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ANZ J Surg. 2019 Apr;89(4):412-417. doi: 10.1111/ans.14875. Epub 2018 Oct 8.

Morbidity and mortality in cervical spine injuries in the elderly.

Author information

1
Department of Orthopaedics and Trauma Surgery, Royal North Shore Hospital, Sydney, New South Wales, Australia.

Abstract

BACKGROUND:

The aim of our study was to identify the demographics and complications in elderly cervical spine injuries and predictive factors for surgery, complications and mortality. We hypothesized younger healthier patients were more likely to undergo surgical intervention.

METHODS:

A retrospective review of 225 consecutive patients aged 65 years and over with cervical spine injuries was carried out over a 3-year period.

RESULTS:

There were 113 males and 112 females with an average of 79.7 years (range 65-98). The most common fracture was C2 peg type (21.8%). Five patients had complete spinal cord injury (2.2%), 25 had incomplete spinal cord injury (11.1%) and 84% were neurologically intact. Fifty-four patients were managed operatively (24%), while 171 patients were managed non-operatively (76%). The operative group had higher rates of pneumonia (odds ratio (OR) 5.3, 95% confidence interval (CI) 2.6-10.7, P < 0.01), cardiac arrhythmia (OR 4.1, 95% CI 1.5-11.2, P < 0.01) and respiratory failure (OR 2.6, 95% CI 1.2-5.5, P < 0.05). There was no difference in mortality between the operative and non-operative group (18.5% and 12.9%, P = 0.3). Patients with complete spinal cord injury had 100% mortality. Significant predictive factors for complications and death were neurological deficits, comorbidities and the presence of other injuries (P < 0.05). Surgery was not predictive for death and the operative group was younger than the non-operative group (P < 0.05).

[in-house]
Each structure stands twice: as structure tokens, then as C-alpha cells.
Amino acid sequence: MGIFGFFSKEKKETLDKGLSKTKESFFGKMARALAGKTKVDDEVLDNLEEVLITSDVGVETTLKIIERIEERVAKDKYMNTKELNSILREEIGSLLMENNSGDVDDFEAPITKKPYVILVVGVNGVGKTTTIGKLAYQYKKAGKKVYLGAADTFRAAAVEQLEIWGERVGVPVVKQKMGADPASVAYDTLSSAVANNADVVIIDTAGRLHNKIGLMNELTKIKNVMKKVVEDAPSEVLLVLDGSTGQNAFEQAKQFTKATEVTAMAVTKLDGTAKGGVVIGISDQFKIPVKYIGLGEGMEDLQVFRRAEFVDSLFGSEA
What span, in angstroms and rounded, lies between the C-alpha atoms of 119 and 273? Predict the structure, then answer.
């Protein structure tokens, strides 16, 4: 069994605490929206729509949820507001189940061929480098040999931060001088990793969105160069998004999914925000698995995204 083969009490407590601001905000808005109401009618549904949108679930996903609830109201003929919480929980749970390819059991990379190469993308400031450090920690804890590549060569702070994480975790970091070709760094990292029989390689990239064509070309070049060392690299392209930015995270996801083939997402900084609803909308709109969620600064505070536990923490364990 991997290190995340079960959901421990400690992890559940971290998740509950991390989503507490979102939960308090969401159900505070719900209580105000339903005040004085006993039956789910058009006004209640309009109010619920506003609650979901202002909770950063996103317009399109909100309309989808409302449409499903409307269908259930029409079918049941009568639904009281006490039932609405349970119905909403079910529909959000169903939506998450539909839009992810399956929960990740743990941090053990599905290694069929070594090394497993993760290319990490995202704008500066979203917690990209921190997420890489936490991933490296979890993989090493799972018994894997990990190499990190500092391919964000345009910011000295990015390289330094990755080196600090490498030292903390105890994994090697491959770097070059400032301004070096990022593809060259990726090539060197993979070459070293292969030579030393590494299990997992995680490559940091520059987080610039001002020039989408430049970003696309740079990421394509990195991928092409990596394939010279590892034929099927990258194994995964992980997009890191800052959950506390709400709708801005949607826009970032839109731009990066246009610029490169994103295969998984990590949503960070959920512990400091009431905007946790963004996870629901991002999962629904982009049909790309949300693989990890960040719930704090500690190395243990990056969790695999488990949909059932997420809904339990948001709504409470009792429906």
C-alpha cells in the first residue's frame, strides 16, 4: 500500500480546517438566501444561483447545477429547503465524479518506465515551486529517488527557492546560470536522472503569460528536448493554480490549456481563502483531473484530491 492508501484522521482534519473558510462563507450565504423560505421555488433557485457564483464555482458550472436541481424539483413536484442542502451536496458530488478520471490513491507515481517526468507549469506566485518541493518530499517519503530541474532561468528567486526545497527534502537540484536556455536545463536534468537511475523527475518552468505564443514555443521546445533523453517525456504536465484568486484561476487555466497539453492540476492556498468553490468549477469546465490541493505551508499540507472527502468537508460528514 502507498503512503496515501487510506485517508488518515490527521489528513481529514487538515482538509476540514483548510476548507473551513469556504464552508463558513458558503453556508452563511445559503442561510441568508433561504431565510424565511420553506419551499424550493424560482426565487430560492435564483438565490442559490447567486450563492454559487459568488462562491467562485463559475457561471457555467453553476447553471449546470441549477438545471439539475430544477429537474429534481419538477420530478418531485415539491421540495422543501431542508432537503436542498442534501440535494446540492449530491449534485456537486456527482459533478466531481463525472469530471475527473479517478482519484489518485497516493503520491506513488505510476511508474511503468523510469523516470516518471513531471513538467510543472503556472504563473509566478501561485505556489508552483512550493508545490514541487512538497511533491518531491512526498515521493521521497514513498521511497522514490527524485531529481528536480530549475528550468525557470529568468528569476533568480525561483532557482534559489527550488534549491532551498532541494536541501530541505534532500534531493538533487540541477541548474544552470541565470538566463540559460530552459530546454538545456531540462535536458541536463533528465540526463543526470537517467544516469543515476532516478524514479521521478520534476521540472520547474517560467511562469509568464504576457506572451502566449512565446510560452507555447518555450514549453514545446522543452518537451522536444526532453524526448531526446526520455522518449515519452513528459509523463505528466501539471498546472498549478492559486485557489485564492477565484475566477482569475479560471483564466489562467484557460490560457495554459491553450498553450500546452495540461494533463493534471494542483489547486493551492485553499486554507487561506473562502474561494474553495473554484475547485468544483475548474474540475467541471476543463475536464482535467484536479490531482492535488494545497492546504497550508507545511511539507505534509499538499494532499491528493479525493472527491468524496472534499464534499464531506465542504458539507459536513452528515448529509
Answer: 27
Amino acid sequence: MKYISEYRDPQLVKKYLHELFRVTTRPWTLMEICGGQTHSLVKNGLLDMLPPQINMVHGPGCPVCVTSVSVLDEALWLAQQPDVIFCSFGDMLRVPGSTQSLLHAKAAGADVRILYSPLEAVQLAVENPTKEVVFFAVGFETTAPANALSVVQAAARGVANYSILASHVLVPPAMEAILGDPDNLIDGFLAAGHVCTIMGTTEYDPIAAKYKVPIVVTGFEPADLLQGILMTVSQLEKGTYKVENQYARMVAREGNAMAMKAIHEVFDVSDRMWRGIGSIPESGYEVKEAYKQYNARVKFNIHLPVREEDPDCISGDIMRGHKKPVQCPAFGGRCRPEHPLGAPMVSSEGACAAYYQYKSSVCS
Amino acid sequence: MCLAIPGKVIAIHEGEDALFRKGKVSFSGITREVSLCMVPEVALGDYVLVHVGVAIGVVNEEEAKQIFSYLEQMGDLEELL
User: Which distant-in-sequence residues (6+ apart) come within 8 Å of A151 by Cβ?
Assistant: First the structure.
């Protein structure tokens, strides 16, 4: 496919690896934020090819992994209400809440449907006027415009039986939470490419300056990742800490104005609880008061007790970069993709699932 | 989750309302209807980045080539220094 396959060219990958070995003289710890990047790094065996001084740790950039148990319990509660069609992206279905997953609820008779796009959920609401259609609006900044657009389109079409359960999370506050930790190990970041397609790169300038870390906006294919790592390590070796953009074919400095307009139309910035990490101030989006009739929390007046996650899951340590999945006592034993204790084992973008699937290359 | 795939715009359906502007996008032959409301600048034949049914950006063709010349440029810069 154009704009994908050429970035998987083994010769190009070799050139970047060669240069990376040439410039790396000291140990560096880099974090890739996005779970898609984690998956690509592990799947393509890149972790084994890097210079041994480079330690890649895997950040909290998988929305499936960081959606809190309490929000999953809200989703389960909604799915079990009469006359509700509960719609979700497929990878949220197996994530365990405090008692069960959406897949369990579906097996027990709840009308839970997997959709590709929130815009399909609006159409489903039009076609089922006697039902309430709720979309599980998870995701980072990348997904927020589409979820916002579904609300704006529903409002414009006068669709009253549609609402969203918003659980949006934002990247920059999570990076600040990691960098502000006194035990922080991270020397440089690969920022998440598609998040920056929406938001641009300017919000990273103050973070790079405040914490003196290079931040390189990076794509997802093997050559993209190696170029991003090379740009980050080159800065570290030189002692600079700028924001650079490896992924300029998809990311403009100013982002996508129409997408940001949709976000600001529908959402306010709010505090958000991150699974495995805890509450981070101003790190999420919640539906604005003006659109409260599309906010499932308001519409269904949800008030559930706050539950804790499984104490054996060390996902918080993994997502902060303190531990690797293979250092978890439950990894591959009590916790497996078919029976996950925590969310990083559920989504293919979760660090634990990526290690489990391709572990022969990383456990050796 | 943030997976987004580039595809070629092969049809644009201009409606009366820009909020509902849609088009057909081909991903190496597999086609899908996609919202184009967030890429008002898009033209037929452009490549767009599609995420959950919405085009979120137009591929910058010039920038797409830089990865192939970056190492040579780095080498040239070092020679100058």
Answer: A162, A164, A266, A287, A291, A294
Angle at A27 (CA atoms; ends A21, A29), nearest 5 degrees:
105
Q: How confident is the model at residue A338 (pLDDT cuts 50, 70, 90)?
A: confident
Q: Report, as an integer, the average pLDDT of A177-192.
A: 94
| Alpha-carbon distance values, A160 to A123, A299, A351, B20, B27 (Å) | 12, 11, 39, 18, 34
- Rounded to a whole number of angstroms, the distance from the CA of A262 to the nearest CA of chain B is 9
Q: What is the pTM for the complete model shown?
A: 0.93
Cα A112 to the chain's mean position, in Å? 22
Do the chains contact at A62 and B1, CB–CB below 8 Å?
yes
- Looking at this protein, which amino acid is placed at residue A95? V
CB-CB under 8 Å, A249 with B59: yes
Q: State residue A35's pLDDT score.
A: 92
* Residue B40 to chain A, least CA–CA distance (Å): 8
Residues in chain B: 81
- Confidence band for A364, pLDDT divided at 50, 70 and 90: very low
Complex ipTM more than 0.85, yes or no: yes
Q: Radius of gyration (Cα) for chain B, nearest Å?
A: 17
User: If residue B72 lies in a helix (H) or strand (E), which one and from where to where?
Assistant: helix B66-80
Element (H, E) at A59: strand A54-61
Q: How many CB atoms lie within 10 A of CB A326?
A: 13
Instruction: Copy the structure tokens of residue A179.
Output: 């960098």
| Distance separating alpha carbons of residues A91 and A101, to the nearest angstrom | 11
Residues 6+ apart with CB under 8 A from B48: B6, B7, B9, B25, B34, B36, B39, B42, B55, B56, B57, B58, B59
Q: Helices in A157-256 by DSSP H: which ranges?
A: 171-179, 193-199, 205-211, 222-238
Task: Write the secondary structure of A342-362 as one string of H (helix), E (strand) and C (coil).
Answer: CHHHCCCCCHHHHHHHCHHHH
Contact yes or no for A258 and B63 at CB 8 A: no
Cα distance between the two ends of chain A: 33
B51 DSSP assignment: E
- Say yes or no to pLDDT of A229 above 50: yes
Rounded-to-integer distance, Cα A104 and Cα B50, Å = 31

CONCLUSIONS:

In the setting of a high complication rate, consideration should be given to palliation in elderly patients with complete spinal cord injury and there must be good rational for surgery.

KEYWORDS:

cervical spine; complications; mortality; spinal cord injury; trauma

PMID:
30294850
DOI:
10.1111/ans.14875

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